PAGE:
Saving Us Money?

SRQ govt throws money away on vanity projects, yet claims fundamental obligations are too expensive.

Originally published May 26, 2012 in SRQ Daily
Of the many reasons given for government action, one explanation is met with nearly universal approval: saving taxpayer dollars. During challenging economic times, who can argue with local leaders who tell us that their actions will save money?

Yet in Sarasota, saving taxpayer dollars has been the rationale used for abdicating fundamental responsibilities of government. And while the public interest is compromised to “save money,” the same leaders eagerly dole out dollars for unvetted, unproven projects that are antithetical to the free market and limited government.  Citizens pay taxes to ensure sound government. In 2010, one Charter Review election was so close that an automatic recount was triggered. The second place candidate, Kathy Bolam, was approached by the Supervisor of Elections office and told that a recount would cost taxpayer dollars (and require SOE employees to work extra hours).  Bolam declined the recount.

In 2005, when a local judge ruled against voter approved terms limits for the Sarasota
County Commission (approved by 68 percent of voters), it was up to the commissioners
to appeal the ruling on behalf of voters. They declined to do so. After refusing to hold a
charter-mandated stadium bond approval referendum during regular elections in 2008,
county commissioners continued to dodge the required referendum in 2009 and concocted a scheme to issue over $20 million in stadium bonds backed by County money without the required voter approval. In every instance—the failure to hold a recount, appeal the term limits ruling or seek voter approval for a massive spending project—our government told us that these actions were too expensive. They were “saving” us money.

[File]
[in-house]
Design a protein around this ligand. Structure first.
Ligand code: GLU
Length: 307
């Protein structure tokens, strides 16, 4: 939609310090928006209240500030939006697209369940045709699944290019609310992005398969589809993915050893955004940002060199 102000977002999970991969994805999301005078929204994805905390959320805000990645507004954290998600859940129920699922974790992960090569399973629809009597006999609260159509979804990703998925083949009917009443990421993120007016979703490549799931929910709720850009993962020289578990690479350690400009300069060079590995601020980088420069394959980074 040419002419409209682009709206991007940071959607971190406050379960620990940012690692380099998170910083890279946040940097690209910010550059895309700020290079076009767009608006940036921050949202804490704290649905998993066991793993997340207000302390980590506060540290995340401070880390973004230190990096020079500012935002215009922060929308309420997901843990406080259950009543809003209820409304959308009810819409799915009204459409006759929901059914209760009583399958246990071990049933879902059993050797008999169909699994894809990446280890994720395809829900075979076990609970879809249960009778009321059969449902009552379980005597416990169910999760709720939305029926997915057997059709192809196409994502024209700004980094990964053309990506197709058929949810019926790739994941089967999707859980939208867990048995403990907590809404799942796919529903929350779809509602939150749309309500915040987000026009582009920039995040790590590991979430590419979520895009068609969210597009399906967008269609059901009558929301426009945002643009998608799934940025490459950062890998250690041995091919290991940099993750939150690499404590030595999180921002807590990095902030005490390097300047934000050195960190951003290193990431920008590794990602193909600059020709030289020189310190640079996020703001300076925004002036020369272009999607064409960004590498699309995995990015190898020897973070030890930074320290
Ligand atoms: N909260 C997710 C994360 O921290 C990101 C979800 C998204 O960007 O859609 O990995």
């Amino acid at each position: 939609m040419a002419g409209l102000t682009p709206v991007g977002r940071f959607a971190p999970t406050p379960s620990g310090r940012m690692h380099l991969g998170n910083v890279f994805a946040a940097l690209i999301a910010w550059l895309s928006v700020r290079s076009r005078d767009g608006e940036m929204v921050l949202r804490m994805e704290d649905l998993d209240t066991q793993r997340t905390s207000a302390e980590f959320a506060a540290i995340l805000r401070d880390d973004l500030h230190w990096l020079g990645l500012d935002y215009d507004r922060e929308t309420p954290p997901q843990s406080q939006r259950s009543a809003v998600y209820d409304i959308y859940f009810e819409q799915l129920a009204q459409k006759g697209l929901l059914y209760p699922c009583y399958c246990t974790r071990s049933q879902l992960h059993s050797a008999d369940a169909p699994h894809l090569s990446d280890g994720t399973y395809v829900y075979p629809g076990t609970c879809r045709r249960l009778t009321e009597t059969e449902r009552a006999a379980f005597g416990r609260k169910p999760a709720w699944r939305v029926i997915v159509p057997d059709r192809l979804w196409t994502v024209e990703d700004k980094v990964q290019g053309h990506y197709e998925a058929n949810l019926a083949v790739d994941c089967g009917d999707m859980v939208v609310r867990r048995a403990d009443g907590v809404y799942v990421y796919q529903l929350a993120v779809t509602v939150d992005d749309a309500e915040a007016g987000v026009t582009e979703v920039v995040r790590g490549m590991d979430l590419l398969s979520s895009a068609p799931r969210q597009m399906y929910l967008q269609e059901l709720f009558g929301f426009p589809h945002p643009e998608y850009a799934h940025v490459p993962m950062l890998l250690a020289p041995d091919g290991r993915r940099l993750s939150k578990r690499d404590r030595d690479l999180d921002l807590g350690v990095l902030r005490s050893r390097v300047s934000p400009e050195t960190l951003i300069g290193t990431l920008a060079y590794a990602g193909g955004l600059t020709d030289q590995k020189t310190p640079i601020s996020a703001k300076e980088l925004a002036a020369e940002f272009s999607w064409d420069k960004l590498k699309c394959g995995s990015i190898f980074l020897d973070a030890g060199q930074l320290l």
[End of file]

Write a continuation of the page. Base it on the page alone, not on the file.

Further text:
While Sarasota government pinches pennies when it comes to processes that ensure the
public interest, its appetite for imprudent spending projects is unwavering. Our county
commissioners allocated $650,000 to Sanborn Studios, a company that promised to create a $164 million in economic impact in five years, along with at least 117 jobs. A cursory vetting would have revealed Sanborn principals with a history of industry failure. The struggling (or is it failing?) Sanborn Studios has yet to produce numbers anywhere near projections. One year ago, the County Commission was ready to finance Jackson Labs with $100 million, failing to provide citizens with any cogent analysis and ignoring the assessments of Collier and Hillsborough counties who rejected the deal because the numbers didn’t add up. Why does Sarasota County leadership, with money to burn for Jackson Labs and Sanborn Studios, find an automatic recount, required voter approval for spending projects and a term limit appeal so “expensive”?

The most recent attempt to “save money” involves re-precincting. The Supervisor of
Elections office is reducing the number of precincts from 156 to 98, and polling locations are being reduced from 127 to 85. The changes, made without public input and without sharing the methodology involved, will “save” us $100,000. These changes may be appropriate, but failing to solicit meaningful public input that could actually be incorporated into the changes once again reveals where citizens rank in County priorities.

We live in a county where basic public works projects have languished for years—
sidewalks along Myrtle Street and the widening of River Road—because there is “no
money.” Sarasotans who live in incorporated areas (and are taxed twice) have been told
that Sarasota County is unable to pay to maintain city parks and beaches, unlike parks
and beaches in unincorporated areas maintained at County expense. Yet Sarasota
County can find $100 million for a spending project rejected by its neighbors and at the
same time call its fundamental obligations to citizens “expensive.” Broward County
Commissioners appealed their local court ruling against term limits; they didn’t find it
“too expensive.”  There must be other Florida counties that conduct automatic recounts
that don’t ask candidates to “save tax dollars” by forgoing recounts.

Sarasota County government should be focusing on fundamental responsibilities to its
citizens—ensuring public input, upholding the County charter, maximizing voter access.
That’s what our money is for. Stop trying to save us money by compromising the public
interest.

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